Dr. Fielding S. Harrison, at Waynesville, Aug. 11, 1855, aged 51 years.
William H. Scudder, at Clinton, Aug. 12, 1855, aged 31-7-1.
Young Fouts, at Waynesville, Aug. 14, 1855.
Mrs. Young Fouts and child, at Waynesville, about Aug. 15, 1855.
Jeremiah Adams, near Shirley, Aug. 15, 1855, aged 32 years.
John A. Clark, at Bloomington, Aug. 15, 1855, aged 45-3-12. ( ?).
Archie McCullough, in Bloomington, Aug. 19, 1855.
Christian Schmidt, near Congerville, July or Aug., 1.855.
Mrs. Christian Schmidt, near Congerville, July or Aug., 1855. Barbara, dau. of Christian Schmidt, near Congerville, July or Aug., 1855.
A young daughter and a young son of Christian Schmidt, near Congerville, July or Aug., 1855
Isaac Bowman, and child, at Waynesville, July or Aug., 1855.
Alexander Gaston, near Waynesville, July or Aug., 1855.
Mr. and Mrs. Grimes, at Waynesville, July or Aug., 1855.
Mrs. Hoagland, (nee Grimes) at Waynesville, July or Aug., 1855.
Dugald Walker, at Waynesville, July or Aug., 1855. Mrs. Dugald Walker, at Waynesville, July or Aug., 1855.
A child of Dugald Walker, at Waynesville, July or Aug., 1855.
A child of Jeremiah P. Dunham, at Waynesville, July or Aug., 1855.
A child of Mr. Shelley, at Waynesville, July or Aug., 1855.
An unknown person at Waynesville, July or Aug., 1855.

Joseph Wells, near Mason City, July 30, 1873.
Hannah Wells, dau. of Joseph Wells, near Mason City, Aug. 3, 1873.
John William Wells, son of Joseph Wells, near Mason City, Aug. 6, 1873.
Mrs. Hannah Wells, wf. of Joseph Wells, near Mason City, Aug. 11, 1873.

The following persons suffered attacks of Asiatic Cholera, but recovered, and lived many years afterwards, viz;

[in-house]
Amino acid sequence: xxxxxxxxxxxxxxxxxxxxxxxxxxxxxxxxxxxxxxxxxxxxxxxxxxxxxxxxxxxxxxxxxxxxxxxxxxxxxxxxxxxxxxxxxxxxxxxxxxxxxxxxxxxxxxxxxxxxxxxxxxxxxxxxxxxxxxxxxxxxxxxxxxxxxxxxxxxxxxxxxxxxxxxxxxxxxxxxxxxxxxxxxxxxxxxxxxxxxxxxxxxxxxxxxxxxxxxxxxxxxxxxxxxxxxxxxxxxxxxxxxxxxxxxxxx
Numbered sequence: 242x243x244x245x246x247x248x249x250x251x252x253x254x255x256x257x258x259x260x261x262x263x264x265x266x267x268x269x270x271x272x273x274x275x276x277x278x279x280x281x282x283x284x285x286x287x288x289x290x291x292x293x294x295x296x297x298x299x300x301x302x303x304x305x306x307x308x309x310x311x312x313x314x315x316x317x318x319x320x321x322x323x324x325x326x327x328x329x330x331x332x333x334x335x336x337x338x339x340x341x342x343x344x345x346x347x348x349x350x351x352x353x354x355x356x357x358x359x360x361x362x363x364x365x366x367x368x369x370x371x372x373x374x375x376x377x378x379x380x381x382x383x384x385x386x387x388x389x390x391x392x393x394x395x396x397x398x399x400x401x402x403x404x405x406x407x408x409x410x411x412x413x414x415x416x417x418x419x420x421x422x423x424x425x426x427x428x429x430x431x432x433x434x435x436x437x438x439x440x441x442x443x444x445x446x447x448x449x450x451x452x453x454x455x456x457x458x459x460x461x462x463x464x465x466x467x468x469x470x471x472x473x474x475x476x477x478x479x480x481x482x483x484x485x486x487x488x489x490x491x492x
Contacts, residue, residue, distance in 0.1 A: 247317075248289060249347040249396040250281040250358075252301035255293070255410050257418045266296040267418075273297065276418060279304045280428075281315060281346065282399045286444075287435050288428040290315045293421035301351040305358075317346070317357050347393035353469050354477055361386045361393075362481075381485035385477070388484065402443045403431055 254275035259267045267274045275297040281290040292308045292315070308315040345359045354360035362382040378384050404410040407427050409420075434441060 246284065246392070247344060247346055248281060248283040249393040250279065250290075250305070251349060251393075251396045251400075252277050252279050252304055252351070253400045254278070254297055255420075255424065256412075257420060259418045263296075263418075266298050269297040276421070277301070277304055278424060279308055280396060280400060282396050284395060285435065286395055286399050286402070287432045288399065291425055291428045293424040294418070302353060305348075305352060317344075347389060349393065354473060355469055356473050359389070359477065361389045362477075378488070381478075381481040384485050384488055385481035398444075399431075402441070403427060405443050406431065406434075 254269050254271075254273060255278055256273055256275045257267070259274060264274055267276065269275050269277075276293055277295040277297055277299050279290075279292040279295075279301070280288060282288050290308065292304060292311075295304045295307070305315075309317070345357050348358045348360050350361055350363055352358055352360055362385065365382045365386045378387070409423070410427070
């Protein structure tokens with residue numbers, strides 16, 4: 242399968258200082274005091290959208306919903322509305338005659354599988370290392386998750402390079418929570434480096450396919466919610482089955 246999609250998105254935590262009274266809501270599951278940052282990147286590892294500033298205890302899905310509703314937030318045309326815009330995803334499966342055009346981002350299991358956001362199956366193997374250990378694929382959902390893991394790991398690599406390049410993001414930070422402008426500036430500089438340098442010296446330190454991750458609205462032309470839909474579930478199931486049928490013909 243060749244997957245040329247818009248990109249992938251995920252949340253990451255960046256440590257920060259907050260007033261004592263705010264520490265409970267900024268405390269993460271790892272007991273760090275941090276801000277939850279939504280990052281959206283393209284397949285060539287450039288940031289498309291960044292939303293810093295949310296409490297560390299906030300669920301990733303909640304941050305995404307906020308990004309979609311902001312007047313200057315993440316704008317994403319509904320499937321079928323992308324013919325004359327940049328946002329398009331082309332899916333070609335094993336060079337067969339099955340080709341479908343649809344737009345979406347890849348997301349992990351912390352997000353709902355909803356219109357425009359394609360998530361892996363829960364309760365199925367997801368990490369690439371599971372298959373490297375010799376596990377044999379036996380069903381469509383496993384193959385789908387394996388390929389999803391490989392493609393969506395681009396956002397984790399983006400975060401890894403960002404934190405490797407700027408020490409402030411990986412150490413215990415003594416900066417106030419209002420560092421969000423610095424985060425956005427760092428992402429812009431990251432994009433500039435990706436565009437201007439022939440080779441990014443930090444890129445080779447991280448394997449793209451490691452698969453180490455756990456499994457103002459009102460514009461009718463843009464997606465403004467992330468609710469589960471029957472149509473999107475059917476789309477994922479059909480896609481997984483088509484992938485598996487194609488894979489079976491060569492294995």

William Orendorff, Sr., at Blooming Grove, 1834.
Mrs. Sarah Low, (nee Brooks) wf. of Nathan Low, Sr., at Low's Grove, 1849.
Nathan Low, Jr., at Low's Grove, 1849.
Mrs. Edward Bacon, Sr. (nee Sarah Lilly; first, Mrs. Lucius M. Warden) at Lilly, 1849.
Mrs. George Walker, (nee Mary Lilly) at Lilly, 1849.
Isaac Handley, at Bloomington, 1852.
Mrs. John Summers, (nee Emily Handley; first, Mrs. Alex C. Finley), at Bloomington, 1852.
Ira Hougham, son of Moses Hougham (2) at Long Point, 1854.
Mrs. Rebecca Drake, (nee Messer) near Clarksville, 1855. James S. Pierson, at Selma, 1855.
Mrs. Frederick Weilert, (nee Regina Rice; secondly Mrs. Frederick Sharples) at Bloomington, 1855.


The Ackerson Family and Mrs. Montgomery
Came to Illinois from Cincinnati, Ohio, about 1853, settling near Waynesville. The family consisted of John Ackerson, Sr. his wife, (nee --- Atkinson?), their children, John, Jr., Sarah Ann, Jane, Susan, and an unnamed infant, also Mr. Ackerson's sister, Charlotte, who married Allen Wiley Montgomery, 1852. All were cholera victims except John, Jr. and Susan. John Ackerson, Jr. (born 1847) died at Ashton, Ill., 1920, leaving five children surviving. Susan Ackerson, born 1851, married 1st, William Buckley, 1868, 2ndly, Ira Hougham, 1901, and died in Bloomington, Ill., 1927, also leaving five children surviving by her first marriage. Ira Hougham, was a survivor of the Long Point, DeWitt County, cholera outbreak of 1854 his case being one of the few recoveries.
(Box 14, Case 140, Probate Files, McLean County, Ill., History of DeWitt County, Ill. 1882, Page 298, and information from Mrs. Susan Hougham.)

Jeremiah Adams
He married Elizabeth Robertson, daughter of William Russell and Malinda (Hinshaw) Robertson, 1845. One daughter, Lovisa (A.) Smith, survived her father. His widow married secondly a Mr. Summerfield and removed to Kansas.
(Information from Samuel Custer, the writer's father; Ezra Hinshaw, Mrs. Ida Hinshaw Hull, and Gravestone Inscription, Scogin's Cemetery, Sec. 13, Dale Township, McLean County, Ill. )

Isaac Allen
A native of Tennessee, and one of the first settlers at White Oak Grove in the Northwest part of McLean County, Ill. Came to Illinois about 1833. His children were William S., Susannah (A.) Carlock, Mary J. (A.) Leatherman, Sarah Ann (A.) Lupton, Abner P., Amos W., and James K.